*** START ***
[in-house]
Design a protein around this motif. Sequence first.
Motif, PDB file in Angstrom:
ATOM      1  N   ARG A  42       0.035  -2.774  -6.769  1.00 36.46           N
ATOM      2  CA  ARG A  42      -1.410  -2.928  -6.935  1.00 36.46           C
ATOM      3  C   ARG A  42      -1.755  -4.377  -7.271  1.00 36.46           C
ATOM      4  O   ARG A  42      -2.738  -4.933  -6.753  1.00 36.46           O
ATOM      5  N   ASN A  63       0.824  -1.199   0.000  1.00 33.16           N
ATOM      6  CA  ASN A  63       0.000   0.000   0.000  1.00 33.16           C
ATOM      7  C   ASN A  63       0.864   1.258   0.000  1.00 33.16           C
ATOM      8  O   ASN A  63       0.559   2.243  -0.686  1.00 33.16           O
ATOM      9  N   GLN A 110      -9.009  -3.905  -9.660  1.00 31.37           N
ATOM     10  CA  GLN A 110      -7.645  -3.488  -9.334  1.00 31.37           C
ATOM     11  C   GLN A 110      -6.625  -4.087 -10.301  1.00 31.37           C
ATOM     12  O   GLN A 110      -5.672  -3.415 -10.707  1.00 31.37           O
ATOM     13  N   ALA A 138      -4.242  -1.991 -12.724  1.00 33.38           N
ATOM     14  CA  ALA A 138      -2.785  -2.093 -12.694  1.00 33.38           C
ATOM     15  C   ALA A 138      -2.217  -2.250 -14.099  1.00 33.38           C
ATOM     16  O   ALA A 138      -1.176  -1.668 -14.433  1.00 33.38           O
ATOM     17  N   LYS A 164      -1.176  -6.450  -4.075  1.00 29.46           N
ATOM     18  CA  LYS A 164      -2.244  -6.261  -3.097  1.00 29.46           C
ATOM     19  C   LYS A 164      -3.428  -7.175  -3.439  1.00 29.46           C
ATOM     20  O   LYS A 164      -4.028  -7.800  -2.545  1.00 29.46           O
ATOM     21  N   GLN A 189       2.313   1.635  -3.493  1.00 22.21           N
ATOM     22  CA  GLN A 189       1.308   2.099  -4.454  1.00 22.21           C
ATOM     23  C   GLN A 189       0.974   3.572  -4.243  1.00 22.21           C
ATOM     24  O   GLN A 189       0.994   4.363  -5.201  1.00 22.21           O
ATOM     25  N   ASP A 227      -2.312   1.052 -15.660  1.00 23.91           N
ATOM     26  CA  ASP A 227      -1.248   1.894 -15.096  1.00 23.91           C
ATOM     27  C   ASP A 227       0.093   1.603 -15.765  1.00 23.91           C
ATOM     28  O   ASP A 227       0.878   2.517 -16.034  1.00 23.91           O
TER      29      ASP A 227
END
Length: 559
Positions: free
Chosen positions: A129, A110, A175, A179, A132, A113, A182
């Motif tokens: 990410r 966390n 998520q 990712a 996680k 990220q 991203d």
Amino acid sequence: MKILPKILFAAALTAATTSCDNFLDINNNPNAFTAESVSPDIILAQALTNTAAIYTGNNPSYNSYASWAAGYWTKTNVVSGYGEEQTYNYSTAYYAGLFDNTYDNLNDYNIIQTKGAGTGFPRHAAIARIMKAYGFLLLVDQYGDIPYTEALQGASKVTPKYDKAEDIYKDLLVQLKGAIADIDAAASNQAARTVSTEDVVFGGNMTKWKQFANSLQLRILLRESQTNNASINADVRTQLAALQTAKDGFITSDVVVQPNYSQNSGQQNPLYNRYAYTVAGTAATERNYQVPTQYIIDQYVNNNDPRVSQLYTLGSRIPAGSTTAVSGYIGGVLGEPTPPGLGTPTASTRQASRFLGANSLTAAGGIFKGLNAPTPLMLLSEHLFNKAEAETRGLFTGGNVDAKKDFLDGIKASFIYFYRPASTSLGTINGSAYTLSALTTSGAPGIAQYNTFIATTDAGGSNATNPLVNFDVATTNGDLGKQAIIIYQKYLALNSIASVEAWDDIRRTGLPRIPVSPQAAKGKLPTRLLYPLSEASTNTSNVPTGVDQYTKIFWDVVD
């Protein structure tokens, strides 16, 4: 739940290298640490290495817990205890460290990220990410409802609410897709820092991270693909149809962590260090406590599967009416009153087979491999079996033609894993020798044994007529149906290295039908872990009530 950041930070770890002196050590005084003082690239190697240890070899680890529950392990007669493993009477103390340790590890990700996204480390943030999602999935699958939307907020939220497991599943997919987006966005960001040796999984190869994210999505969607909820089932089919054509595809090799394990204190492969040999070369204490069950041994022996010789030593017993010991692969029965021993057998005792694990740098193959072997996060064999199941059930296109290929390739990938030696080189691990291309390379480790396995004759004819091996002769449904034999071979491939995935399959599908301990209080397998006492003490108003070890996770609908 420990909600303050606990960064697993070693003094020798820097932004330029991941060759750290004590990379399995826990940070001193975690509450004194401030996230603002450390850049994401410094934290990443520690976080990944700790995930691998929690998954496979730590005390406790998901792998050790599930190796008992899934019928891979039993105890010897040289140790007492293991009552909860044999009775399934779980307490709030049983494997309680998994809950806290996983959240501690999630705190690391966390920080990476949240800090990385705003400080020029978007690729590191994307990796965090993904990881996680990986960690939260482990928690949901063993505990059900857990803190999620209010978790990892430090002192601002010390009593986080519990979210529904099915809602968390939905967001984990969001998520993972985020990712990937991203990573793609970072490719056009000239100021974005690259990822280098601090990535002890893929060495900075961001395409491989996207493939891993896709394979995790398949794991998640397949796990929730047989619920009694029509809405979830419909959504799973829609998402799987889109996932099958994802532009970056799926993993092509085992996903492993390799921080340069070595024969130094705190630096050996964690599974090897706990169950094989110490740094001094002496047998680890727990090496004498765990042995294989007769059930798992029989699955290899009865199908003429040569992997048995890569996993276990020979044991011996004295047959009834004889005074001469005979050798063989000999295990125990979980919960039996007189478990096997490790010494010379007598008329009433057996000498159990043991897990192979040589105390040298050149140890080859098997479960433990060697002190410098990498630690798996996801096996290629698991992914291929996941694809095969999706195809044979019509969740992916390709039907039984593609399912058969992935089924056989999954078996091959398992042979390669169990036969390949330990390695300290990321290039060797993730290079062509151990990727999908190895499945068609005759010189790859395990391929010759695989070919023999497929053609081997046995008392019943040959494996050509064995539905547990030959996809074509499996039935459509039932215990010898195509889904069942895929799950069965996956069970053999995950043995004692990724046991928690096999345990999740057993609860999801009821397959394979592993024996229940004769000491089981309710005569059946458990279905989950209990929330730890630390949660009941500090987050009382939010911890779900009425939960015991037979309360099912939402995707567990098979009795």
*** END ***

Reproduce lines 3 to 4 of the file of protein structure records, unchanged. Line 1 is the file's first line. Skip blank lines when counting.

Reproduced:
Motif, PDB file in Angstrom:
ATOM      1  N   ARG A  42       0.035  -2.774  -6.769  1.00 36.46           N